There is little about Chablis that is not drawn up in contrasts. It begins with Left Bank versus Right Bank, the Serein River and the village of Chablis acting as the interface between. Petit Chablis giving way to the more important Chablis and then Premier Cru the varied and always impressive interloper separating the villages wines from the Grand Cru. Chablis as a varietal concept, as opposed to and unlike anywhere else in the world, seemingly unrelated to chardonnay.
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Antithetical wrangling does not end there. The sequential order of a substantial Chablis tasting is a going concern. The winemaker’s eyes will roll with Bachelderism consternation and concentration into the recesses of his or her head before deciding which Premier Cru should be assessed before the next. The geological contexts of Kimmeridgian and Portlandian soils have to be taken into account, as do slope and exposition of the particular cru. The permutations are endless for a place with one grape variety and four kinds of white wine.
Even the tenets of modern cuisine in Chablis and Auxerre are riddled with mysteries and a clash of cultures. Both Restaurant L’aspérule in Auxerre and Au Fil du Zinc in the Hôtel du Vieux Moulin in Chablis fuse Japanese cuisine with Burgundian gastronomy. As if the average inhabitant did not already enjoy a health advantage over the rest of the world’s population, such a paradigm shift only improves the probability of extolling the virtues of the French paradox.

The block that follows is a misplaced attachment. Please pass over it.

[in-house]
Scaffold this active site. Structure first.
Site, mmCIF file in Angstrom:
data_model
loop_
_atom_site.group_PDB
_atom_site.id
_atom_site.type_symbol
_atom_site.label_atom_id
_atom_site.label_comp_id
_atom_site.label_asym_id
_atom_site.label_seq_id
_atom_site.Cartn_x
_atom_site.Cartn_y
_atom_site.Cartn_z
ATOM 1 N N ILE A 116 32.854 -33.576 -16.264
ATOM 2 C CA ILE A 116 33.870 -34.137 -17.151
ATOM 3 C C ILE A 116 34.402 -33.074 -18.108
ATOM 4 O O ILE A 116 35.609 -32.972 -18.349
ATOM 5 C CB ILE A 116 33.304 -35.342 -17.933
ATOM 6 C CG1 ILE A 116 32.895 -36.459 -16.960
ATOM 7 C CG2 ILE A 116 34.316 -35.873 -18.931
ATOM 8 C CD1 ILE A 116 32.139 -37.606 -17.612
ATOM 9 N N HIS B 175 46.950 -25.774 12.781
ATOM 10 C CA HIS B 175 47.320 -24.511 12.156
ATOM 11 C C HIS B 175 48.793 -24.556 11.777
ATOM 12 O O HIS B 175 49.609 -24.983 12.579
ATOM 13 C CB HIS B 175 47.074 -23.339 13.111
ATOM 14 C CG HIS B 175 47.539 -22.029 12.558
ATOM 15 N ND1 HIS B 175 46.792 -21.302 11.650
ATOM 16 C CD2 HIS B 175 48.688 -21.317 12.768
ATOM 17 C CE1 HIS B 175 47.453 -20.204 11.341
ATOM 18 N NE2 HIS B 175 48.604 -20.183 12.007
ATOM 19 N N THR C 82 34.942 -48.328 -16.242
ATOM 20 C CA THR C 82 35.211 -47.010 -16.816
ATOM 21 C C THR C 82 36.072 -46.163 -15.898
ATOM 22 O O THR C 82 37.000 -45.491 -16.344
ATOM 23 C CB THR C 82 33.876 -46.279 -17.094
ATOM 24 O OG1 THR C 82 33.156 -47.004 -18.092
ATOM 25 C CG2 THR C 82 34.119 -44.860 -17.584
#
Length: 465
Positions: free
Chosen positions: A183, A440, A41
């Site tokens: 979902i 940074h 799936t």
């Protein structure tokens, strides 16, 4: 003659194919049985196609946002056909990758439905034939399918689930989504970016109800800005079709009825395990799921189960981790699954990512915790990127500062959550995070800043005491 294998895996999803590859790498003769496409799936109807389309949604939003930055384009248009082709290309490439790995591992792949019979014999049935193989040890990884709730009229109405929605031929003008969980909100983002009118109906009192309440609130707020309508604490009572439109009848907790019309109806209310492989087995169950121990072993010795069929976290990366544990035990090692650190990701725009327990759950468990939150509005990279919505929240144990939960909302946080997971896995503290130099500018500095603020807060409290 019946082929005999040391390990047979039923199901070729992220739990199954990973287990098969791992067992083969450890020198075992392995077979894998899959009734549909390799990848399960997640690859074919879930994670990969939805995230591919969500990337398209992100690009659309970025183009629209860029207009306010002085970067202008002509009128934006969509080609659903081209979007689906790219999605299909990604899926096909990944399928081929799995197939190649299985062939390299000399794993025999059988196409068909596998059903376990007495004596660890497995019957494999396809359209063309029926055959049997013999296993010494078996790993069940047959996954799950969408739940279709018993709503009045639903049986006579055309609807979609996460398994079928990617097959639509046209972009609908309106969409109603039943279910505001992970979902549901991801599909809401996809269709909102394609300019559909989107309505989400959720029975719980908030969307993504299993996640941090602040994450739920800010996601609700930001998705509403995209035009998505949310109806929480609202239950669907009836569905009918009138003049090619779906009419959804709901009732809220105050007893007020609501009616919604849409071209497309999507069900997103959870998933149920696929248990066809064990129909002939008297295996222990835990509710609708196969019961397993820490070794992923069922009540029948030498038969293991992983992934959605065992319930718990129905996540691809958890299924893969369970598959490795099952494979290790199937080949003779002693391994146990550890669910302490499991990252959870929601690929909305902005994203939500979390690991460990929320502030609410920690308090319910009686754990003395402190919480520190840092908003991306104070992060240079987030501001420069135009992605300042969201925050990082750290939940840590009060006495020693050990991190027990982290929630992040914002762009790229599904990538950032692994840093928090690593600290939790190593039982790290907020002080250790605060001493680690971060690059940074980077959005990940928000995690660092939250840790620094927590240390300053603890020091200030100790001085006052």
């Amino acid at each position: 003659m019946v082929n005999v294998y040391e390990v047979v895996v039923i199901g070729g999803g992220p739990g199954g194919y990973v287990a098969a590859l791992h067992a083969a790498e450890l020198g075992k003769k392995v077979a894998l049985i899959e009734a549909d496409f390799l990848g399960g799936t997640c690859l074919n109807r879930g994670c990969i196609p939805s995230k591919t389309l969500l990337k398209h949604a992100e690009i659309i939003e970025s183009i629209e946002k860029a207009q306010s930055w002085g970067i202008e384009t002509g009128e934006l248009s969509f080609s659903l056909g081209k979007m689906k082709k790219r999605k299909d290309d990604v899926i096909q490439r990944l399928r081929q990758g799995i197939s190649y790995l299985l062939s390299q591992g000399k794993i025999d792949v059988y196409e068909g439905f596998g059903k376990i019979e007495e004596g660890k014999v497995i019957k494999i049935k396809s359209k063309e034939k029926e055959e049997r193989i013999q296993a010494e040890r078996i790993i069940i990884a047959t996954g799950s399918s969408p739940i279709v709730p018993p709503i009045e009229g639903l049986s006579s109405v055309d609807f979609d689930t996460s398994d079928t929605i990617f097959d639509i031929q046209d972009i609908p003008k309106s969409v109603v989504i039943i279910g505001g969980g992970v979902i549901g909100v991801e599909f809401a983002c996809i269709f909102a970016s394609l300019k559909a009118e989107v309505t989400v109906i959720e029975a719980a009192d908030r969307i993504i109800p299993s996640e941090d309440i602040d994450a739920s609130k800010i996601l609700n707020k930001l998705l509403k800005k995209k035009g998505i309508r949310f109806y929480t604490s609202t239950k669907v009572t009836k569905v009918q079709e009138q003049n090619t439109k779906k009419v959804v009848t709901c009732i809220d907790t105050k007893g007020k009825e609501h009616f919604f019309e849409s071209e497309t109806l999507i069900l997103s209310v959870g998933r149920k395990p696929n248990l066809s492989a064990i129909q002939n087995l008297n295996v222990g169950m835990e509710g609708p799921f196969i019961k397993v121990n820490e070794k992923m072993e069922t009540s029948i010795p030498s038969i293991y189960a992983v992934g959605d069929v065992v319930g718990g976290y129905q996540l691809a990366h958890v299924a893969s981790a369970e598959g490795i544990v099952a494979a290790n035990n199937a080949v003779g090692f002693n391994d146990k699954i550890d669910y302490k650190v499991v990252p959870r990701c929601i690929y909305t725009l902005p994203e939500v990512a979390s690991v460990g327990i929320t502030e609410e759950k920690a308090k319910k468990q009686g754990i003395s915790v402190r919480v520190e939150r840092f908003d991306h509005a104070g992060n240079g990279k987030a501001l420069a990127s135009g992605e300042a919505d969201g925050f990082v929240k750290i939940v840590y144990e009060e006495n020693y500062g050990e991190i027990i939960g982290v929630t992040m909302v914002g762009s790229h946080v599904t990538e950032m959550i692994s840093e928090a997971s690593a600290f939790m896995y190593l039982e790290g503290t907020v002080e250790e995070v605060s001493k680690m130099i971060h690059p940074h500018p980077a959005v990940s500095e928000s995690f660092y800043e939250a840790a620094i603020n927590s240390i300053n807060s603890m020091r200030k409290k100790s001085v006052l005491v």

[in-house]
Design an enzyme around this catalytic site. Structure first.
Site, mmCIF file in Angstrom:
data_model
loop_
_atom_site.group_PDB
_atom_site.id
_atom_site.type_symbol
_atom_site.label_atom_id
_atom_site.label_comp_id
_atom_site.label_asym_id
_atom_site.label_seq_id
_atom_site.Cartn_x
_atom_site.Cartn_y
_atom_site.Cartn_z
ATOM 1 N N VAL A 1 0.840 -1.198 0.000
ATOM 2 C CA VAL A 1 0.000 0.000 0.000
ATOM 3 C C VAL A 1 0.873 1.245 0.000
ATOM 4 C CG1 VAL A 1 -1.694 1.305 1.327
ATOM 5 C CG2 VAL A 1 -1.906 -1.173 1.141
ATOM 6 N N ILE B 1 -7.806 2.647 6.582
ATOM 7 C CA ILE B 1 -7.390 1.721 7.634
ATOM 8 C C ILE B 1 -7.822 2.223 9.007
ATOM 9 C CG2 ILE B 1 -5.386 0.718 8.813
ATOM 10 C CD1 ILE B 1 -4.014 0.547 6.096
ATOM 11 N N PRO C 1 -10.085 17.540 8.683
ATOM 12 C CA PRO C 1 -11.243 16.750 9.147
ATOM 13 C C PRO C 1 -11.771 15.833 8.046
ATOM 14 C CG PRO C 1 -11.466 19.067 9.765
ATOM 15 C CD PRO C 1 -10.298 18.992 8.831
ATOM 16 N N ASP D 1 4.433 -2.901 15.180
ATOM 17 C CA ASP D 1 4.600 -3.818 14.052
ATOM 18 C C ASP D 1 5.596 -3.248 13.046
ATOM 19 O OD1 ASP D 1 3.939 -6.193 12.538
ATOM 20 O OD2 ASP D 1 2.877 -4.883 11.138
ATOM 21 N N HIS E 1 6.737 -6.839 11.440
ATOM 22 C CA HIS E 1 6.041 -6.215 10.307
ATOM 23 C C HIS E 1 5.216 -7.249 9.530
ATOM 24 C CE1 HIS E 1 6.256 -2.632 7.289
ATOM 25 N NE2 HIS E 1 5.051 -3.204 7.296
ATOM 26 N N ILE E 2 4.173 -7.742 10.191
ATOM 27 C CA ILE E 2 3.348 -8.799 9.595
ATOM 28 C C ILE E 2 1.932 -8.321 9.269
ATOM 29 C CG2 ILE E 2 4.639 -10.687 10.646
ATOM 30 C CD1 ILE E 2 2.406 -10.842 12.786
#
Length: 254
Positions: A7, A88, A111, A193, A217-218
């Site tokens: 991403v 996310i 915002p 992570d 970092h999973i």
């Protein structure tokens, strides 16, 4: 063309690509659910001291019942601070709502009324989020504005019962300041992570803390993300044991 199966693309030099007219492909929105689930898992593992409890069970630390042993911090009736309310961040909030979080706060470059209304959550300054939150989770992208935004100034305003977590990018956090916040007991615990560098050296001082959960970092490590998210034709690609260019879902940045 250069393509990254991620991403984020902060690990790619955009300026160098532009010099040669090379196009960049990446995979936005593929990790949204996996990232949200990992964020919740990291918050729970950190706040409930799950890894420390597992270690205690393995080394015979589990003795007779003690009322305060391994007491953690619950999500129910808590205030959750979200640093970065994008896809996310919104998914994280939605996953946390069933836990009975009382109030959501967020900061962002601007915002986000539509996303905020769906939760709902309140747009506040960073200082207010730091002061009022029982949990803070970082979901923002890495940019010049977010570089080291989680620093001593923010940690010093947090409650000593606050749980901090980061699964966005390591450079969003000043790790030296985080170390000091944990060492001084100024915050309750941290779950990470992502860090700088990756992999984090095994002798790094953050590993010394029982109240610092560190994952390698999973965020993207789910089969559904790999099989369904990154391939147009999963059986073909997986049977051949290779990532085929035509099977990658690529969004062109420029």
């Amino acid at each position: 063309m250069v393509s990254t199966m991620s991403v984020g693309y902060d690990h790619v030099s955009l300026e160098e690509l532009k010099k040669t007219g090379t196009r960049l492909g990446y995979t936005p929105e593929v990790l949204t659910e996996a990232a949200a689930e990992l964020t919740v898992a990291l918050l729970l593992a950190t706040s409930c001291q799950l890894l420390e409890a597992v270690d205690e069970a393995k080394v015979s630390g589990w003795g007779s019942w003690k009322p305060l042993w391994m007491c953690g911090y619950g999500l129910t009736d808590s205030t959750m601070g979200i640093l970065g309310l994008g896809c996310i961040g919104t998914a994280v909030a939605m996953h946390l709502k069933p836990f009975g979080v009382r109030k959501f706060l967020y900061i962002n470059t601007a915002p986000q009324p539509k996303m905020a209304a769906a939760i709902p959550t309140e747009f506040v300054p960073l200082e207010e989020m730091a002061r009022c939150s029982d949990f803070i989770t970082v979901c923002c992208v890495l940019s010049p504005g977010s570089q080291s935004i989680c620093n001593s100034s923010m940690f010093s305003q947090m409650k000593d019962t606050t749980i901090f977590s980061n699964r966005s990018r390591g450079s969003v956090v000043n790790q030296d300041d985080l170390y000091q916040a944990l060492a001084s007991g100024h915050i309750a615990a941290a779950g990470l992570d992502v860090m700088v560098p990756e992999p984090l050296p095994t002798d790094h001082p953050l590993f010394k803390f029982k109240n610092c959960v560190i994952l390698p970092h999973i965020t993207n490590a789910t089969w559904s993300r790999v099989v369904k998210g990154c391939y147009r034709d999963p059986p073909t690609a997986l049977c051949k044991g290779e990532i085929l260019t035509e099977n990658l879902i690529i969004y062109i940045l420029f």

The contraposition of Chablis is most often discussed in terms of fermentation. Oak or stainless steel? Chablis is repeatedly referenced as steely, invariably flinty and almost without fail in bone of contention annoyance as mineral cliché. The younger Petit Chablis and Chablis fermentations will never see the inside of a barrel (well, maybe a really, really old one) and wood is only employed as they move into Premier Cru, Grand Cru and increasingly, climats of highly regarded lieu-dits. The percentage of barrel ferments these days rarely exceed 25-35 per cent though in some cases 50 per cent is seen. In Chablis the words “new” and “oak” are never uttered together, or aloud.
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The greatest paradox of all is written in stone along a few ridges and across the most important set of hills above the river. Deep-rooted, inveterate purlieu of geology in eight names; Les Preuses, Bougros, Vaudésir, Grenouille, Valmur, Les Clos, Blanchot and unofficially (depending on political affiliations), La Moutonne. Les Grand Crus of Chablis are singled out not only for their exceptional terroir and climat but also for the impossibility of what happens when fruit is pulled from their chardonnay vines. The Grand Cru are oracles in complex riddles, transcendent mysteries and the most enigmatic of all Chablis. I suppose it’s because the rich fruit versus exigent stone is the epitome of Chablis paradox. You will read this later on in a tasting note, but it begs repeating.
I sit down to taste with winemaker Olivier Bailly and he apologizes that he will be pouring from half-bottles. I tell Olivier there is nothing for which to apologize. I wish more producers would pour from half-bottles. Their young wines show better, breath quicker and after they have emptied half of a half into my glass, one more tasting from that bottle and voilà, the bottle is finished. As we begin, Olivier shares a deep, innermost thought. “I have a secret. Inox barrels.” The Chablis paradox. Not only the paradox, but the enigma and the Catch-22. When you taste with 20 producers in just under a week you often see a pattern forming, of reasons how the Petit Chablis, Chablis, Premier Cru and Grand Cru are considered and in what order. Bailly’s method of linear madness is not revealed until the tasting is completed. Only then is a second paradox considered.